When starting out, entrepreneurs face seemingly never-ending lists of tasks. I had to be a jack-of-all-trades at Virgin Records. I had at least 10 job titles (depending on who I was talking to) – marketing, PR, operations, business development… you name it, I did it.
Working across so many areas is great because it enables you to learn quickly, broadening your skill set, and tackle challenges head on with confidence – but in order for an entrepreneur to grow into a successful leader, they must learn to delegate.
It's no secret that I wasn't the most academic student. Dyslexia held me back from focusing on school work and achieving good grades. But I quickly learned that if I flanked myself with people that complemented my weaknesses, I could work with them towards greater achievements.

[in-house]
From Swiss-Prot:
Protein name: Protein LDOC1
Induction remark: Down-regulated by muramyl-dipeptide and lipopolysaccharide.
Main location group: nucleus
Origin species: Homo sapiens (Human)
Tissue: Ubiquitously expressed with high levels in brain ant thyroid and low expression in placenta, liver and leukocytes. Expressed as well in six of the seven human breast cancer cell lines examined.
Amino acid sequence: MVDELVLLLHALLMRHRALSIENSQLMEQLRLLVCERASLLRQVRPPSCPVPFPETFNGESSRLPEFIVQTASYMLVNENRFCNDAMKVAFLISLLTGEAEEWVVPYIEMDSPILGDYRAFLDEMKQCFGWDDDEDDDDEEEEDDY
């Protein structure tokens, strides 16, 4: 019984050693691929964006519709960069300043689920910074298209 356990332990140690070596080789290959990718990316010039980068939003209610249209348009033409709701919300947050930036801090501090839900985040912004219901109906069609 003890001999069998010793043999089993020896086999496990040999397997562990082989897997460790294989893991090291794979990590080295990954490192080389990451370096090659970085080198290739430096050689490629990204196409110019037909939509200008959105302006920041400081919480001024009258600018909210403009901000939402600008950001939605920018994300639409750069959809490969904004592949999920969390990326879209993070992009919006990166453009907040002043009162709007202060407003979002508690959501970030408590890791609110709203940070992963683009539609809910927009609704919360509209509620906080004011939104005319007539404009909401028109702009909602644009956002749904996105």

Over the past 50 years, I have used this as my model for doing business. While the Virgin Group has always been my vision, a number of people have significantly influenced the journey along the way. There are far too many to name-check, however over the course of my career I have worked hand-in-hand with many inspired minds to bring innovative ideas to life.
Richard Branson with team members at The Virgin Way Co-Lab
Entrepreneurs and business leaders have a lot in common with scouts for professional sports organisations. They should be out there talent spotting, whether with established stars on other teams or undiscovered, up-and-coming raw talent.
Delegate – it’s the most important bit of advice I can give to entrepreneurs and leaders. Surround yourself with people who complement you, aid your self-development, and most importantly give you the freedom to look after yourself and your family and scale to move forward into new areas.